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American Falls press. [volume] (American Falls, Idaho) 1907-1937, February 07, 1919, Image 1

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American Falls Press
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visiting all the leading na j
tlons in Central and South America, j
and later visiting England. Ireland i ■
and France. Ben Schwarz is at home !
thoroughly convinced that the nitec
States is the one great country of the
world, and that every American
should be proud of it and satisfied
with it. "I used to think I would
like to live in foreign countries he
said, "but after I visited them I de- 1
cided that the United States is good
enough for me.
Ben entered the navy at the begin
ning of the war as a fireman on the
Marblehead, and emerged a second
class engineer engaged in the trans
port service. The Marblehead was a
small vessel assigned to duty on the
weBt coast, and he visited all the
Central and South American nations
and went through the Panama canal
on that vessel. En route from Pana
ma to Key West the Marblehead sank
a German sub near the coast of Cuba
by gunfire, and dropped depth bombs
where the sub went down.
On his eleven trips across the At- -
lantic he saw but one sub and that
one got away without a fight.. There
were more subs on this side, he said,
on the Atlantic coast and near the
Panama canal route, than there were
in European waters during the clos
ing months of the war. The subs
evidently figured, he said, that their
best chance was over here.
Mr. Schwarz made two trips on
the submarine chaser Shaw, a small
vessel carrying a crew of twenty
five men. The little vessel could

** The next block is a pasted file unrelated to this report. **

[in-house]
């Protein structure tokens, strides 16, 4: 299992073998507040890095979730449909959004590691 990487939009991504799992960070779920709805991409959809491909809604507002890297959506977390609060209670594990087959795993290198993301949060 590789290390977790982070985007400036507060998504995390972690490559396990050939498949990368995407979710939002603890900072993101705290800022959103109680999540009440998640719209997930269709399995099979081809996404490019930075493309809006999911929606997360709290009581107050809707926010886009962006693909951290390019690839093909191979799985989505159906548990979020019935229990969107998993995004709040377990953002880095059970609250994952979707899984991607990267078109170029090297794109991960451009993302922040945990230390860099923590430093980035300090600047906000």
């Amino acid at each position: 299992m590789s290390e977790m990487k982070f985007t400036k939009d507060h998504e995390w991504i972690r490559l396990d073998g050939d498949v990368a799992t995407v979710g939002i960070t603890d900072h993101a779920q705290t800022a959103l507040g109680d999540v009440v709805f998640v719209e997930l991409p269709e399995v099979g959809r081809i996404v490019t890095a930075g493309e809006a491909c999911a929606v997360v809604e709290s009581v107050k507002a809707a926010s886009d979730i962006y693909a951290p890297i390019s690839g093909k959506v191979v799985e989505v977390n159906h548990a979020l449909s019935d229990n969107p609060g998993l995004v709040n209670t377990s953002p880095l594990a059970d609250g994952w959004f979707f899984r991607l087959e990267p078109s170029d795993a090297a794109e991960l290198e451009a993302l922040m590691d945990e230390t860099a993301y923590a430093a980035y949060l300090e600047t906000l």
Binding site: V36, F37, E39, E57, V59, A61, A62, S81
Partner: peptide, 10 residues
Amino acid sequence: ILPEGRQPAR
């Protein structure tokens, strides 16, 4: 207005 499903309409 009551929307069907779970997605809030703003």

make 60 miles an hour, but her usual
Bpeed while he was on her, was from
52 to 55 miles an hour. Rough
weather was encountered while he
was on the Shaw, and the men had
to be strapped to their posts to keep
from being thrown all over the ves
sel or into the ocean.
He made one trip on a mammoth
transport, formerly the German liner
Deutchland. The vessel carried 25,
000 soldiers across, and there were
fifteen vessels in the convoy. Uncle
Sam was taking no chances with so
many soldiers aboard. ,
Ben was on the Wisconsin in New
York harbor, with 12,000 soldiers
aboard, when that vessel sank. Some
one had opened the sea valves, and
three decks were under water. Two
or three soldiers and three sailors
lost their lives. The Wisconsin was
to have sailed the next day.
Wisconsin was floated and soon put
back into the service.
The treatment received by
Americans in England and France
was fine, Ben said, but it w T as not so
good in Ireland, possibly due to
sympathy with Germany. While he
liked the treatment received, he did
not like the conditions that he found.
They were too far behind the times.
Cities of 20,000 or more had no sewer
systems or other conveniences which
are found in much smaller places in
the United States. Fanning there is
done on a one-home scale.
Since the armistice was signed
Ben has made two trips across, bring
ing wounded and discharged soldiers
and nurses home. Many of
are in a pitiable condition but they ac
- I
Ben Sehwarz, Second Class Engineer. ;
Made Eleven Trips Across and Vis- j
Red Many Foreign Countries.
♦♦♦* + ****'***'*'****
♦ +
♦ Woman Bitten Bj Bog Afflict- *
ed With Rabies. +

About two weeks ago Mrs. +
+ Willie Abercrombie of Ameri- +
♦ can Falls, was bitten by a dog +
+ belonging to the family. By ♦
+ order of Dr. Noth the dog was ♦)
♦ killed and the head sent to the ♦ ]
♦ state laboratory at Boise. On ♦ !
♦ Sunday Dr. Noth received a ♦
♦ letter from the state board of ♦
♦ health stating that there was ♦
doubt that the dog had been ♦
with rabies. The ♦
treatment for Mrs. ♦
,-as ordered by *i
♦ wire, and when it arrives she ♦
+ will be taken to Bethany Dea- ♦
+ coneBS Hospital for treatment. ♦
♦ It takes from a month to ♦
♦ several months for rabies to ♦
♦ develop in a human being. In ♦
♦ animals the time is much ♦
+ shorter. ♦
♦ Orders have been issued by ♦
♦ Dr. Noth to have every dog in *|
48 American Falls tied up at ♦ I
♦ home, under penalty of having ♦
♦ the animals running at large ♦
♦ shot. Until the danger per- ♦
♦ iod is past it would be well ♦
♦ for farmers to keep their dogs ♦
♦ tied up, or at least at home. ♦